Rediscover Your Creativity

When you were a child, what did you love to do most?  What were you going to be, when you grew up?  This weekend when I gave the workshop at a women’s event, one participant remembered – with some surprise – that when she was little, she couldn’t stop tap dancing. 

She’d tap dance on top of their wooden kitchen table, she’d tap dance from one room to another, she’d tap dance down the street, until eventually her mother would scream “would you please just stop tapping for ONE second!?!” Another woman attended modeling and etiquette classes as a child – after each class, she would gather the neighborhood children together and “teach” them everything she’d learned. It’s no surprise, then, that this woman’s adult dream is to lead workshops.

Our childhood memories are a treasure trove that we can cull for clues to what might give us passion, or calling, in our adult lives. When you’re eight or nine years old, you’re quite an original and hopefully not yet too affected by outside inputs.

When I was nine, I loved to pretend that I was either a reporter or a “Solid Gold” dancer. I’d work on my news reports by day (sourced by sitting under the kitchen table and eavesdropping on family conversations) and choreographed endless disco dance routines to my ABBA records in the basement at night. I also would frequently put a fake crown on my head, sit on my “throne” on the living room, and dispense wisdom to an imaginary crowd. (a little scary, but cute nonetheless)

I wish that someone had known to pay attention to and nurture that little kid who loved to dance, write and teach.  Luckily, we all still have that nine-year-old inside.

Some people, when I ask them what they loved to do when they were little, can’t remember. They’re numbed out by the demands of life and from living on auto pilot for so long.

Rediscovering play and your innate creativity can have a significant impact on your physical and mental health. When I was depressed I thought something was fundamentally wrong with me and that I’d never pull out of it. I rediscovered dance during a trip to Cuba while on stress leave, and went back home and signed up for salsa dance classes, which years later led to flamenco classes. As soon as I started dancing, the depression began to lift, and I began to enjoy improved health and energy. I got into writing as well, and photography, and suddenly life felt alive again. No prescription medicine, or even a month-long spa retreat, could ever have worked the same mood-altering wonders.  We are creative creatures. We are designed to play, create, move and dance.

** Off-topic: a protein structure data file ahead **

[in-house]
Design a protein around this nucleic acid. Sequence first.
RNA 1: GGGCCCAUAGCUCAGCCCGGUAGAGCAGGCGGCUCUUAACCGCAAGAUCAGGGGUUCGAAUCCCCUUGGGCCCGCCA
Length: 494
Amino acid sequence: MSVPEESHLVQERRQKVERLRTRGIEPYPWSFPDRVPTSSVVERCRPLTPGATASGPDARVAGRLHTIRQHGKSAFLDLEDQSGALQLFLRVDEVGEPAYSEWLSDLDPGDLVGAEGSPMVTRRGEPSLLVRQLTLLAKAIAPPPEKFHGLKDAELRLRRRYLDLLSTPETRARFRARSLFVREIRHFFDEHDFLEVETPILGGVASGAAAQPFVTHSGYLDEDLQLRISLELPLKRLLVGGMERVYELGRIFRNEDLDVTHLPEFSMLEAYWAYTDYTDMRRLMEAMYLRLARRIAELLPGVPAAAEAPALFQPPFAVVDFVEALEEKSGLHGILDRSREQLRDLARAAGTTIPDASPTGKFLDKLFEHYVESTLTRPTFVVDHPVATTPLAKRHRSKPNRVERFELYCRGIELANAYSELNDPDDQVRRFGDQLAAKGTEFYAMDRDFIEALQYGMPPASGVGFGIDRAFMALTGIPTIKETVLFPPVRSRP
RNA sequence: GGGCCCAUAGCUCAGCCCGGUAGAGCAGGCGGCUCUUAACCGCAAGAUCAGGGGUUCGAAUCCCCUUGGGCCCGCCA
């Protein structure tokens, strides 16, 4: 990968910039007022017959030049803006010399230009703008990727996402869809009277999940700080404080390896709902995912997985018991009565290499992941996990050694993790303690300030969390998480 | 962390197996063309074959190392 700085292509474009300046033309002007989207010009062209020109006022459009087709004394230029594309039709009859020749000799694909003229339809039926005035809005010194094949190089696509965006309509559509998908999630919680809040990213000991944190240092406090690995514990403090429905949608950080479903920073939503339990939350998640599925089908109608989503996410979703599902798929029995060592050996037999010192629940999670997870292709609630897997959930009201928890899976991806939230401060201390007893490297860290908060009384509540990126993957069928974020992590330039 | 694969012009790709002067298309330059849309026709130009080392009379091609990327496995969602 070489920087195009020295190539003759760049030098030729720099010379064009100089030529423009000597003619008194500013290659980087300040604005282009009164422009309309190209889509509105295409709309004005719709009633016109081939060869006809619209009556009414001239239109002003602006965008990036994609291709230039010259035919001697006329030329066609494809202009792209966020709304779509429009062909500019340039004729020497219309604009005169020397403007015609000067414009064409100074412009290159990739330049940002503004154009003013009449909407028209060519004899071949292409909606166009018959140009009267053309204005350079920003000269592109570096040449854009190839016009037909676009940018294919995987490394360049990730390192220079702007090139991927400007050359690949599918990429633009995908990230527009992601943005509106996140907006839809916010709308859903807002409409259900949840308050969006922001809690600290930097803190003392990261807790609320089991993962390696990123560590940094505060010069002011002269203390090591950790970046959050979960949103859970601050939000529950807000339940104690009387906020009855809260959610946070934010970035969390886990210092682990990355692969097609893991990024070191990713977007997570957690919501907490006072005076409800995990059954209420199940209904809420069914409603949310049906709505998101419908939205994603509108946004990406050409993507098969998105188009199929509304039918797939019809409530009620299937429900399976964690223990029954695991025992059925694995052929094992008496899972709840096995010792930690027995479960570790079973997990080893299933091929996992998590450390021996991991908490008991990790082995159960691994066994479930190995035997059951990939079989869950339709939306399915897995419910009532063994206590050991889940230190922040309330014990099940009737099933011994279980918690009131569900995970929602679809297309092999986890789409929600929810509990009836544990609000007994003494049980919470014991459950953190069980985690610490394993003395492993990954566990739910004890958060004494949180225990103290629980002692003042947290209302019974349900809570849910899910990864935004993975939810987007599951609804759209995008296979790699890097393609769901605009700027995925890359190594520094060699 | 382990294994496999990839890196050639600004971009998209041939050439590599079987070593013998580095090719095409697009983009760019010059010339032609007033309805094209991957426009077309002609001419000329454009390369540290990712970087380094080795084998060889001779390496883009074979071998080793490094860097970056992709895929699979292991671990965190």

Maybe you think creative endeavors are for artsy types or anyone who doesn’t have a “real” job. Maybe you don’t think you have any talent. Every single person possesses some kind of creative ability or passion, and our lives really aren’t complete unless we acknowledge and experience our creativity, however that expresses itself. (As I write this, though, I’m reminded that this is a privilege of wealthy, secure people…we are so privileged to enjoy lives that enable us to ask these questions, when so much of the world only has time to focus on survival. It’s important to keep things in this perspective, so that we don’t get too worked up about our “rights” to luxury items in life like creative time)

For fun, make a list of twenty things you love, or loved, to do, no matter how silly. Include things you liked to do as a kid, if you want: build a sand castle, or buy a big pack of giant sparkly felt pens (the kind you always wanted but your mom wouldn’t buy for you). Commit to picking one activity from your list, at least once a month, and do it. Sign up for that watercolor course you’ve always wanted to do. Go to a play or an improv theater show. The next time you’re bored and don’t know what to do with yourself, consult your list and pick something on it to do.

When you give yourself permission to play, your world becomes sweeter. You’ll find that you laugh more and develop a taste for play and new experiences. Friends, family and colleagues may comment that you’re a lot more fun to be around. You may even make some new, cherished friends through your new activities.

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